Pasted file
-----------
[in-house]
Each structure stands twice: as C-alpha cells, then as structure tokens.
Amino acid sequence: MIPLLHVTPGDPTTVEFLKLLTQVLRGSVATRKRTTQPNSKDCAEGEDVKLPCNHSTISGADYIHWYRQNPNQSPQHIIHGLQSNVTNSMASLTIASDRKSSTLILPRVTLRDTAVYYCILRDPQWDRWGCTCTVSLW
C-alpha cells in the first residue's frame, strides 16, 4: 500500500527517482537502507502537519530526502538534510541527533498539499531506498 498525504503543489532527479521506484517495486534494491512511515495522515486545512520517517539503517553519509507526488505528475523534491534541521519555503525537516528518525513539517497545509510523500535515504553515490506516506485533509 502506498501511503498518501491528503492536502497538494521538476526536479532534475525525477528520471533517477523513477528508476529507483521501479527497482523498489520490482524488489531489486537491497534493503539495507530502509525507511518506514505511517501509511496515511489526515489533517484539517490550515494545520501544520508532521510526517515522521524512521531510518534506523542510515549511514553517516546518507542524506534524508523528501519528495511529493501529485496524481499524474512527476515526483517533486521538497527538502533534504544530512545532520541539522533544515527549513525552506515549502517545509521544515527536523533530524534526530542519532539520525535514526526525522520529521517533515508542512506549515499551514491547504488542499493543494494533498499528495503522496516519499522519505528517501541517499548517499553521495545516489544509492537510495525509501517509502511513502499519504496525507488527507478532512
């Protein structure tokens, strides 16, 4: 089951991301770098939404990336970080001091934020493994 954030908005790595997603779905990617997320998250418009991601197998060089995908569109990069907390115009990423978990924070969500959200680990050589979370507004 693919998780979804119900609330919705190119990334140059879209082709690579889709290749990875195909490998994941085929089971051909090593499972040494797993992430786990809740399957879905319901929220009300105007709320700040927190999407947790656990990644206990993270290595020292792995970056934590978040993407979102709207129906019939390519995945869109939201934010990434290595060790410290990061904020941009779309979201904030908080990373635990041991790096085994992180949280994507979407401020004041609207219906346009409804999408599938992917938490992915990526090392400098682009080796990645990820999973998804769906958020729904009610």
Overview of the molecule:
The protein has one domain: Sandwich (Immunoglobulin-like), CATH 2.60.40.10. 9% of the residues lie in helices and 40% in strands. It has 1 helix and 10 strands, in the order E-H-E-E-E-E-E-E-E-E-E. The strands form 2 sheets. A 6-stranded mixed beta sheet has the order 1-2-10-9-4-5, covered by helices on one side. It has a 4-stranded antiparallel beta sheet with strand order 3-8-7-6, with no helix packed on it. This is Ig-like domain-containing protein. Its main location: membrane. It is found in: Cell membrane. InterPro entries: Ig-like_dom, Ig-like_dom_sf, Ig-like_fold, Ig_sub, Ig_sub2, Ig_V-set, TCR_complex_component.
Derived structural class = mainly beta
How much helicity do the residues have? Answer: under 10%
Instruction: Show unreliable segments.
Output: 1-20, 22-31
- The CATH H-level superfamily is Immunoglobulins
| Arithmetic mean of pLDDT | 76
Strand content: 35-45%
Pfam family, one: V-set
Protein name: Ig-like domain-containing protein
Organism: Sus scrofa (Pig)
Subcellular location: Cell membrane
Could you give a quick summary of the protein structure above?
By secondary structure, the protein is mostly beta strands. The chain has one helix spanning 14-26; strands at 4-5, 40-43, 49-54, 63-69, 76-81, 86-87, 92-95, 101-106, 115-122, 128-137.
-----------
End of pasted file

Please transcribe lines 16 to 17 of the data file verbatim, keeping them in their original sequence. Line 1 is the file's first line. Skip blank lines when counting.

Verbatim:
Protein name: Ig-like domain-containing protein
Organism: Sus scrofa (Pig)